the German standard.
At a private discussion lately held among persons interested in collegiate and other education it seemed to me that there was too general a deference to German standards.
It was assumed, in particular, that schools for young children must necessarily be far better if taught by university-bred men, as in Germany
, than if taught t by young women, as in this country.
To all this I should demur.
No man in America
ever studied the German systems of common-school instruction more faithfully than Horace Mann
; and it was chiefly to him that we owe, as a result, the general substitution of women for men as teachers.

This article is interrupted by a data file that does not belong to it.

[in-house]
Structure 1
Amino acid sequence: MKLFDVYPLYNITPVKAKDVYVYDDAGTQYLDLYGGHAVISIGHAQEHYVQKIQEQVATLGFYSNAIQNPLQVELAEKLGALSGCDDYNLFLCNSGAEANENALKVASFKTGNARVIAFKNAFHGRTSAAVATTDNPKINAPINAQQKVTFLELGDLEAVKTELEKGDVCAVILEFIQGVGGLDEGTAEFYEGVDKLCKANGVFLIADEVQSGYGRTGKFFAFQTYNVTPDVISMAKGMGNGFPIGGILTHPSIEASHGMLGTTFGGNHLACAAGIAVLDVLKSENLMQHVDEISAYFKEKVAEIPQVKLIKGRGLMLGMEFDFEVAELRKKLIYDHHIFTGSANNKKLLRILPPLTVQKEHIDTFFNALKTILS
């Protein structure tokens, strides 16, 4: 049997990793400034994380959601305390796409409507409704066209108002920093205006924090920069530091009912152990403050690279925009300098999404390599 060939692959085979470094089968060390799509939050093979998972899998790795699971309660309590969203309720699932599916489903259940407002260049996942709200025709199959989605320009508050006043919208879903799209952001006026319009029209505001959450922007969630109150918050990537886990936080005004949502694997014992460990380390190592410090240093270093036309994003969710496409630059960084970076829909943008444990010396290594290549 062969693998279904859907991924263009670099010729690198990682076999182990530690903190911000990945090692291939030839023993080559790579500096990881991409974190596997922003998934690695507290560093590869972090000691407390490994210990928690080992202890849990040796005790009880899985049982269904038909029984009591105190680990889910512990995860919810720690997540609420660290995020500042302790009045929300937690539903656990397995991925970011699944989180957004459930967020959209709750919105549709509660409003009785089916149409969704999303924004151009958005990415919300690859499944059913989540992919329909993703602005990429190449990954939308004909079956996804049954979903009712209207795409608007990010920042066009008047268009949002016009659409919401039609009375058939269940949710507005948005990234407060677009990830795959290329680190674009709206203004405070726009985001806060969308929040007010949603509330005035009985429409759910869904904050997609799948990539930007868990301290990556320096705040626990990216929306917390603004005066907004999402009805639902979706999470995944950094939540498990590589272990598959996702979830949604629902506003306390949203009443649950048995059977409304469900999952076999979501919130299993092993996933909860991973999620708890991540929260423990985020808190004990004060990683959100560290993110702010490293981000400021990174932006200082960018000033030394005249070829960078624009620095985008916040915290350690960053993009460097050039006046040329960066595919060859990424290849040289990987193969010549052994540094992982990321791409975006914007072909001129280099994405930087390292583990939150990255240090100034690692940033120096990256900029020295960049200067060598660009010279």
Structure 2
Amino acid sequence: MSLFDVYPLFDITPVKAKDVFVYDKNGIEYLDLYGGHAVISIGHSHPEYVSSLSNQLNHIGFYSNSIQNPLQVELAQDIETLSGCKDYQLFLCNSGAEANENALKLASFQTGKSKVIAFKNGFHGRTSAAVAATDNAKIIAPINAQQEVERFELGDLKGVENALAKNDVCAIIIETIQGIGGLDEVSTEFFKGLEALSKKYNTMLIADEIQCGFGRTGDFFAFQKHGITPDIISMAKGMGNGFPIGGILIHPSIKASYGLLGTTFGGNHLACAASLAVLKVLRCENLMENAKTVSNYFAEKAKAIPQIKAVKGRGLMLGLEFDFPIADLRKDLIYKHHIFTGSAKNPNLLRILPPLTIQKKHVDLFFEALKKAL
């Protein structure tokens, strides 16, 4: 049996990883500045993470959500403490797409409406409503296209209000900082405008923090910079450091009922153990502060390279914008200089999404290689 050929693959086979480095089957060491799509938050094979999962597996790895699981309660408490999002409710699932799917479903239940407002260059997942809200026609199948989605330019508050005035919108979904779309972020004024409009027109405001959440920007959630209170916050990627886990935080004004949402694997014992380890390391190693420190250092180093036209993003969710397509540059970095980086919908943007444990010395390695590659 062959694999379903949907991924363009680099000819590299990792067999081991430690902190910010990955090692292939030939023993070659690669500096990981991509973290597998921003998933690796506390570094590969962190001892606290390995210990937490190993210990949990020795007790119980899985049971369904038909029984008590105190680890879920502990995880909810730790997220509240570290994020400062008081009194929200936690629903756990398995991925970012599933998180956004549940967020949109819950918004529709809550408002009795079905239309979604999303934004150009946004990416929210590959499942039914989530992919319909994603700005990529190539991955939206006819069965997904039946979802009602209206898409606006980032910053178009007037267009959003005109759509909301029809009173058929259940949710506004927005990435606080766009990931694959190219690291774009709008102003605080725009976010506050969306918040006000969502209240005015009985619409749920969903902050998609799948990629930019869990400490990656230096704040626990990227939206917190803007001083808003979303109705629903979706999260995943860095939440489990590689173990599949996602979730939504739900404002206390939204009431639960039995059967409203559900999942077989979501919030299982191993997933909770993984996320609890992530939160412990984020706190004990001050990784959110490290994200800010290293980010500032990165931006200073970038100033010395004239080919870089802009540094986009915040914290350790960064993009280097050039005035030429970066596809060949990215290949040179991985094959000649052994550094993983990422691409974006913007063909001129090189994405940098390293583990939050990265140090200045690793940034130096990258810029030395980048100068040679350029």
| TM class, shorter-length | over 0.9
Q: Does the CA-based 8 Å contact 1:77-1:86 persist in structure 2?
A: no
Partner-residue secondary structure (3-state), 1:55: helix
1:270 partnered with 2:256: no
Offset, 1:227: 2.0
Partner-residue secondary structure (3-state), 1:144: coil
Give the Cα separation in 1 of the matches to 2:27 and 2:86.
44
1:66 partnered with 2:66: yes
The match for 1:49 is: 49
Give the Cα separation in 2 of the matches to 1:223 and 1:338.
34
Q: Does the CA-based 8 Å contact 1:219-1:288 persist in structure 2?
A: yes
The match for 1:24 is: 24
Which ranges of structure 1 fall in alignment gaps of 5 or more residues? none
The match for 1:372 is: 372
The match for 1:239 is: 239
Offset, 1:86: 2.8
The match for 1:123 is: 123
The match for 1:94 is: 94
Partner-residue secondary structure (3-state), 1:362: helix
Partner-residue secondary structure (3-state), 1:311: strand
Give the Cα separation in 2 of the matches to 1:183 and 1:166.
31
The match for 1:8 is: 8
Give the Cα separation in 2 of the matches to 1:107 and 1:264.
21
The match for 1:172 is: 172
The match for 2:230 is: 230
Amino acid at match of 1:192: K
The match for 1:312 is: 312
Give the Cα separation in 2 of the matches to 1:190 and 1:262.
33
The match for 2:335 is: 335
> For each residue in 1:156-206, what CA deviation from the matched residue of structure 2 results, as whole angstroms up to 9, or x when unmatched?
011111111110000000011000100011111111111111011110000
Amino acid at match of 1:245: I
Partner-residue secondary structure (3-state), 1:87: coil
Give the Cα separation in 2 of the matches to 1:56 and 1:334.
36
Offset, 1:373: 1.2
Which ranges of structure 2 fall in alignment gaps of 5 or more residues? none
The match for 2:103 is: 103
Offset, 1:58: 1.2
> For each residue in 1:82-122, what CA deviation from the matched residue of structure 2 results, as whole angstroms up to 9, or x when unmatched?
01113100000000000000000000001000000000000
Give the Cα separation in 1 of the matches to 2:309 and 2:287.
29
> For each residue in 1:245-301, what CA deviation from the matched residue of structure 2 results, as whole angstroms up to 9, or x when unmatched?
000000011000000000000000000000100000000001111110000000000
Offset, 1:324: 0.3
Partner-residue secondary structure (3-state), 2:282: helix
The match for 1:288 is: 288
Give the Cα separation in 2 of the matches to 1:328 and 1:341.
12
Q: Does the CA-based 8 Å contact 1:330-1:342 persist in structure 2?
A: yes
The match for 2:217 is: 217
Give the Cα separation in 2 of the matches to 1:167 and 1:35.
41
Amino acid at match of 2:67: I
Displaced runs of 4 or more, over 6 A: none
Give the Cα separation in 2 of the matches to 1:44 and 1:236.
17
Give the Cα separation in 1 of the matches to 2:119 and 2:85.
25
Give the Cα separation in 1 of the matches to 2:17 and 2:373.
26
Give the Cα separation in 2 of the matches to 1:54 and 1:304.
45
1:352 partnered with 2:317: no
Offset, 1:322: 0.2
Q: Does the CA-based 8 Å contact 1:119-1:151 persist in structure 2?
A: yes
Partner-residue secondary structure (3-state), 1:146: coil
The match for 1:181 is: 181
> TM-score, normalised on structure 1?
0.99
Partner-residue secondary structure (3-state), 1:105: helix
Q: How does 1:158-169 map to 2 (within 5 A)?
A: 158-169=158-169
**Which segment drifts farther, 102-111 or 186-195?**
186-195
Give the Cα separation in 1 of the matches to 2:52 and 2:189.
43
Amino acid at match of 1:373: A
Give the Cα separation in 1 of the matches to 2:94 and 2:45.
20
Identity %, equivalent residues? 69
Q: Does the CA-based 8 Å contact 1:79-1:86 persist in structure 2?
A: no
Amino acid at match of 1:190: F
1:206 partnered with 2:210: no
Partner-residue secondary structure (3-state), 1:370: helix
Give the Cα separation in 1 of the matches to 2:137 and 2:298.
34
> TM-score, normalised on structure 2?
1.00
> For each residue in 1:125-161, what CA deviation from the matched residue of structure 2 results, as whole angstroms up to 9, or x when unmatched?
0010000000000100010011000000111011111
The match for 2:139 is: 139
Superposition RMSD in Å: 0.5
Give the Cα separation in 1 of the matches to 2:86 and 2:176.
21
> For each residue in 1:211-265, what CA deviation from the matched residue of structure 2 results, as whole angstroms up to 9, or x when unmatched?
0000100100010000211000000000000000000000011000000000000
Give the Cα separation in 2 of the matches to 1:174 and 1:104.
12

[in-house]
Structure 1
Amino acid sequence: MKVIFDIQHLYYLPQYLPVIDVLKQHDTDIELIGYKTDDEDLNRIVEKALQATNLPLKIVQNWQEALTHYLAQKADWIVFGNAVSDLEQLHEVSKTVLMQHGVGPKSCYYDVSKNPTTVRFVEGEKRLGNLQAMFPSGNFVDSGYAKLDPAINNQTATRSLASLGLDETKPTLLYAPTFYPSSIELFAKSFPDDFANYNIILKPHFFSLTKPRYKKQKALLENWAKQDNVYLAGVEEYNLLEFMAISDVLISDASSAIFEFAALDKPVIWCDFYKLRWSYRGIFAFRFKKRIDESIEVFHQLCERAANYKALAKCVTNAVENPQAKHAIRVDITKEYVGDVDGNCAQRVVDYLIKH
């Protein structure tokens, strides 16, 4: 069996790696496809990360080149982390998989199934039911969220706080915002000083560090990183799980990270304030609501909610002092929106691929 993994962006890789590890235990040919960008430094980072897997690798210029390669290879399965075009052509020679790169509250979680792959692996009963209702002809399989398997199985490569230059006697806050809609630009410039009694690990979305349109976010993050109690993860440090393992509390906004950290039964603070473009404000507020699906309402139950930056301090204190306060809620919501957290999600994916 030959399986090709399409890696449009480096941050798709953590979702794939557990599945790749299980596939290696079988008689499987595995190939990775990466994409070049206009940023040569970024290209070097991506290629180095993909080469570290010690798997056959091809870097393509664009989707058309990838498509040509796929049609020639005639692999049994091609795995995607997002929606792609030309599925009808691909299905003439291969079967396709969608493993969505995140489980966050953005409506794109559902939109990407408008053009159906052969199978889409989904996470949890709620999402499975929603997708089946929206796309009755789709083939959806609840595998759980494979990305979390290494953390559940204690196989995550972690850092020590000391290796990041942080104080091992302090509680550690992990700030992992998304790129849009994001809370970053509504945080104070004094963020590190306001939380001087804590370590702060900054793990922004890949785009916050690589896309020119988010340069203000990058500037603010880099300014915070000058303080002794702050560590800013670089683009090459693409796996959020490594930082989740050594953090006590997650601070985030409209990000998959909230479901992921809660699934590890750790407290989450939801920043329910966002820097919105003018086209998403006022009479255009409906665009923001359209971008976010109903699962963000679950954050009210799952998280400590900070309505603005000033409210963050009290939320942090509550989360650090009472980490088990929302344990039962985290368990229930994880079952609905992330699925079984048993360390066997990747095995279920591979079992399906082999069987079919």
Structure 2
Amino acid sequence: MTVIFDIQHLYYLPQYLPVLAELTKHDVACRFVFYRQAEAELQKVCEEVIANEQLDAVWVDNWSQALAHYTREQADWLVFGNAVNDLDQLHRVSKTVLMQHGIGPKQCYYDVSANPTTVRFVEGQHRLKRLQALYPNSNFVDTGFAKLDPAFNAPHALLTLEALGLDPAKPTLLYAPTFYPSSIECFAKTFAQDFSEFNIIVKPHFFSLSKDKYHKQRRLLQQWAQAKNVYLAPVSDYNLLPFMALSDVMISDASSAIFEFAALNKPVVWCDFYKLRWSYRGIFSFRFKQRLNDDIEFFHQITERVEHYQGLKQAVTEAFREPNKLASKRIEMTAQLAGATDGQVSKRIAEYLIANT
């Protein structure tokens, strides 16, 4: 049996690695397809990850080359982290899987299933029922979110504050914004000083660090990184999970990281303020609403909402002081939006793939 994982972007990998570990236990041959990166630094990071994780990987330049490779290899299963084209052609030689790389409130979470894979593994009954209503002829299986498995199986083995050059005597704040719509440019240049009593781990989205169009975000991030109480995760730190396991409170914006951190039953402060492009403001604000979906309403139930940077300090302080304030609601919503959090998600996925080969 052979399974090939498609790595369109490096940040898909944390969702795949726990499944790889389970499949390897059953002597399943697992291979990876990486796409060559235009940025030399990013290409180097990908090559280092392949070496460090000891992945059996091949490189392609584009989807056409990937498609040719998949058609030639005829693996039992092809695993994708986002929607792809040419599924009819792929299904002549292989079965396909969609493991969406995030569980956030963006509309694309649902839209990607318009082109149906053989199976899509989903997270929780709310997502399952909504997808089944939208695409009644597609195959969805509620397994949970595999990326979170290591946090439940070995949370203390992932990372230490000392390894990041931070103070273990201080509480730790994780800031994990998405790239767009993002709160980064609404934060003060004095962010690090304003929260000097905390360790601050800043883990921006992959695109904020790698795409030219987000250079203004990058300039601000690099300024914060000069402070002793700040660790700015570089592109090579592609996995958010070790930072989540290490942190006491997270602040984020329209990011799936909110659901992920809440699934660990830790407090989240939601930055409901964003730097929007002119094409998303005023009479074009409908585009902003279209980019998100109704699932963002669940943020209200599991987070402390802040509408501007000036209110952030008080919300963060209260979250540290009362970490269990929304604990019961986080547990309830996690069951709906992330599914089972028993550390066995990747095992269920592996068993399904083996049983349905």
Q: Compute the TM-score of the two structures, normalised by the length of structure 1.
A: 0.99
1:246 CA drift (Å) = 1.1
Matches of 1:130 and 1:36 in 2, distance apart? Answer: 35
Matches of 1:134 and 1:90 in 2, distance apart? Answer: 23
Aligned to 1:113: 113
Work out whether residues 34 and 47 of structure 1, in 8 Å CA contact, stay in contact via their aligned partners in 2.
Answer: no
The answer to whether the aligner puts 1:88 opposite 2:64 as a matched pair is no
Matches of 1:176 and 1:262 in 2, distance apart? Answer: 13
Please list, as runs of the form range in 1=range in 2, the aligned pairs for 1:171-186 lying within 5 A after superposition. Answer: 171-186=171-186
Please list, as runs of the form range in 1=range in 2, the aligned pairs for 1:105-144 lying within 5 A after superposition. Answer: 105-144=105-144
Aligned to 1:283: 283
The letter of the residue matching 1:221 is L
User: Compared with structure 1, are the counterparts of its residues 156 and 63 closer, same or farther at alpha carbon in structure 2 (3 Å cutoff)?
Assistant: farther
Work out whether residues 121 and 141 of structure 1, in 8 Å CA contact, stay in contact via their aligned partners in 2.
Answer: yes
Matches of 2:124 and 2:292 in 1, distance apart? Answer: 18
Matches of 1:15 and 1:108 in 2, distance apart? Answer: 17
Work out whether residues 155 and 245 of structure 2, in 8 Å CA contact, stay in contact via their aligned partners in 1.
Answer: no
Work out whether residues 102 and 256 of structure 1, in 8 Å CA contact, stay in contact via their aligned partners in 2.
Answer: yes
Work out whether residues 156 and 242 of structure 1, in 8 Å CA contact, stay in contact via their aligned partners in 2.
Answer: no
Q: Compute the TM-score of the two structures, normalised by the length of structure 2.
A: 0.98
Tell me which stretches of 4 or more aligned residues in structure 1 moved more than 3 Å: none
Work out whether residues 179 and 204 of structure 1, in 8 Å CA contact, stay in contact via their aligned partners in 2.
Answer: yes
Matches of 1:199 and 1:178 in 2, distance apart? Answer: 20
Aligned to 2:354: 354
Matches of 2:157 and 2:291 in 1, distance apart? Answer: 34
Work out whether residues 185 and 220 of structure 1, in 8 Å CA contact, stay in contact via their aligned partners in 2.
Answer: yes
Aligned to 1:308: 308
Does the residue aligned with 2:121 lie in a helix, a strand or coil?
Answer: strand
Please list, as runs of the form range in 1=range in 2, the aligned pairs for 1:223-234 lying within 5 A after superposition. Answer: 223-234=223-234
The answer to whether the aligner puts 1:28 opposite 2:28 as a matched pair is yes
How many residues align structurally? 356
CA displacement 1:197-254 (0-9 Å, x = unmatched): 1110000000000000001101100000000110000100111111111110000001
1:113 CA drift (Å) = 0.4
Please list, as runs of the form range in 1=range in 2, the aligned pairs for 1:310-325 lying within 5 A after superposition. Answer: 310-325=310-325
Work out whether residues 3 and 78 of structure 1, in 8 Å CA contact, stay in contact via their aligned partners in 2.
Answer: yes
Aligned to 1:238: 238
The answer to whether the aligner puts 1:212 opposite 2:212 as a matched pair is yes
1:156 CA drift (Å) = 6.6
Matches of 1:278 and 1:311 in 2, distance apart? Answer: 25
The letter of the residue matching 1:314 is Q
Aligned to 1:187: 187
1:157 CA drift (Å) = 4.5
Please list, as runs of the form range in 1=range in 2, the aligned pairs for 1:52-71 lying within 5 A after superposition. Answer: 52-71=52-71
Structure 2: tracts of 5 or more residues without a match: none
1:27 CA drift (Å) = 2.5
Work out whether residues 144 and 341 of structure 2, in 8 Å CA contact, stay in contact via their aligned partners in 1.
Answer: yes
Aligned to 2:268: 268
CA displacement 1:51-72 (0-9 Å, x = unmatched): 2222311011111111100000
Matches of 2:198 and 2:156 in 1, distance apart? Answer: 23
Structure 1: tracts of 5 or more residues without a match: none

Tie greater economy of employing women has no doubt assisted the change; it would have been simply impossible, in fact, with the greater expensiveness of living in this country, to obtain the services of a sufficient number of men to give to our public-school system anything like the vast spread it has now obtained.
Yet Horace Mann
urged the change, not on the ground of economy alone, but because he regarded women as the natural